May 4, 2023 11:48 AM
LETTER | I have been following the developments closely on the potential increase in sugar prices given the surge in global prices recently.
Raw sugar futures in the past few weeks had risen to 24 cents a pound, and reached an 11-year high.
About 80 percent of global sugar production comes from sugarcane, according to the International Sugar Organization, while 20 percent is derived from beets.
The upward trend in global prices of raw sugar, and the increasing cost of production to refine sugar, will mean that sugar prices will have to increase soon. It is just plain and simple logic.
It must be stressed that while sugar is a controlled item, it is not subsidised. It used to be but not since 2013.
Keeping prices low when global prices have shot up will just mean that the local sugar industry is either operating at a loss and in no time will collapse, or the government is using this opportunity to replace local refined sugar with imported processed sugar.
I do not think that the government will want to see the collapse of the sugar industry given the impact it has on employment and the entire supply chain.
Moreover, the reliance on imported processed sugar to meet domestic demand is unwise given that the government is committed to improving food security in the long run.
Just imagine, an event of geopolitical tension like Russia’s invasion of Ukraine, led to countries holding up their exports of essential food items such as wheat to build up a national stockpile, the same can be done by sugar-producing countries in the future.
This will mean that whenever there is a global conflict, sugar prices will shoot up or worse still we may run out of sugar. It will present a problem as Malaysia is the highest sugar consumer in Southeast Asia.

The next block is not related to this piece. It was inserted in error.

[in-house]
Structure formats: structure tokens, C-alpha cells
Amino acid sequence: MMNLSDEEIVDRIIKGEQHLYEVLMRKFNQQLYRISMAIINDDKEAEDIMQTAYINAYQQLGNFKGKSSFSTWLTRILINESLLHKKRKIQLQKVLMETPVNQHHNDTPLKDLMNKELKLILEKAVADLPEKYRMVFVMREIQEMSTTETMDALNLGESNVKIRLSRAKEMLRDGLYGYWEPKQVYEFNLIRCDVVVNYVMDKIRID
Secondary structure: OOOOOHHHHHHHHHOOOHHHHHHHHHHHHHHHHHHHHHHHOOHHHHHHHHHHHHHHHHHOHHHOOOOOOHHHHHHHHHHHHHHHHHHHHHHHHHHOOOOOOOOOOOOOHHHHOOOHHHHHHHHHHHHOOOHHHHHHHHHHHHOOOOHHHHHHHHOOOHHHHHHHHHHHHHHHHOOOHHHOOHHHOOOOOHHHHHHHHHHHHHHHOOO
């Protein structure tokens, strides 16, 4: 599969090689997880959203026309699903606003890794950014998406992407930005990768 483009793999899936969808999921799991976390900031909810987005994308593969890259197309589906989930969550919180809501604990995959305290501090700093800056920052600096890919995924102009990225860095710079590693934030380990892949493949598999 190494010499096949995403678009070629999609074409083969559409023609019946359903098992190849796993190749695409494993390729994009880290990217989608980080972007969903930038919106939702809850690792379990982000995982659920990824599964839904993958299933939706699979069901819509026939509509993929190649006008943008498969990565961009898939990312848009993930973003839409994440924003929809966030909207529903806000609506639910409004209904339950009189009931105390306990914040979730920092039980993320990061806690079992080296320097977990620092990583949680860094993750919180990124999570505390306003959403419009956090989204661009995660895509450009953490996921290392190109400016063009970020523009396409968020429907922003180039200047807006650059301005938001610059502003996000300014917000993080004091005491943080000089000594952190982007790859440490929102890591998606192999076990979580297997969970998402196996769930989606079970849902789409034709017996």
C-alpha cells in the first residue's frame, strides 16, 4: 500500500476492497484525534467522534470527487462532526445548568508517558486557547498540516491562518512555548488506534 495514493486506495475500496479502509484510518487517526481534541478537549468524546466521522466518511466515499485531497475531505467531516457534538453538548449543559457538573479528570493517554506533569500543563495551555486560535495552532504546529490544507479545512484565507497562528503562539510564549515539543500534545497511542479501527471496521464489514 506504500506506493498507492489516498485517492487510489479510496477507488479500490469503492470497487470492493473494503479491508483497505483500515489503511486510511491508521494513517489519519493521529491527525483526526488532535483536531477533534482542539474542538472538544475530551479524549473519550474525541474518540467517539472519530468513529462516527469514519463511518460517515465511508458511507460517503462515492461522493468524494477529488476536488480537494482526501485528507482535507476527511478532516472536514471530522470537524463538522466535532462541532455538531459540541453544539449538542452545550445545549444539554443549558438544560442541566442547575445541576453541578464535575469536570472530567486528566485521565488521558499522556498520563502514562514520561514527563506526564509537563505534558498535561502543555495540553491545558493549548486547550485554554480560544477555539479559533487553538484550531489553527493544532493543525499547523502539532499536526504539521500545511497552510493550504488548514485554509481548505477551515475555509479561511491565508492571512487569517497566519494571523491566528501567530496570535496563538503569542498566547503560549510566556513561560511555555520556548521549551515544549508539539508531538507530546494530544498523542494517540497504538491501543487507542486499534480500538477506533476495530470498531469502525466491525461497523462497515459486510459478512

Back to the present, the likelihood of a sugar price increase has led many retail outlets especially those involved in the food and beverages industry to warn of a potential increase in prices.
This is worrying for a teh tarik fan like me. Already I am paying more than RM2 per glass in most mamak restaurants, and you will be hard-pressed to find it being sold below that price.
I find this ironic, given that despite sugar prices for Malaysian household consumers being relatively unchanged in the past 10 years, prices of beverages have increased multifold. Every time there is a hike in fuel prices or utilities, restaurants will use it as a timely excuse to increase their prices.
As a former restaurant operator, I know that beverages are where the high margins are made. The margin on the glass of teh tarik for example ranges from 100 to 300 percent.
Yet, Malaysian consumers seem not to bat an eyelid over the exorbitant amount we pay for beverages these days.
Another irony is the race for restaurants and eateries to offer “cheap meals” under the government’s Menu Rahmah programme. It goes to show that restaurants can, if they want to, cap prices.
Therefore, I sincerely hope that the imminent increase in sugar prices in the future, will not be used as an excuse by the restaurant operators to jack up prices.
Sibu Coffeeshop and Restaurant Owners Association chairperson Tong Ing Kok summed it well in a recent press conference saying that he has urged coffee shops not to increase prices given the existing prices of drinks are already high.
He was quoted by the press as saying, “A cup of kopi o peng with sugar is between RM2.20 and RM2.50. This price is already quite high. So one should not raise their prices just because the price of sugar will be increased.”
The Domestic Trade and Cost of Living Ministry should monitor these restaurant operators to make sure the prices are under control and the eateries do not take unnecessary advantage of the imminent increase in sugar prices.
The views expressed here are those of the author/contributor and do not necessarily represent the views of Malaysiakini.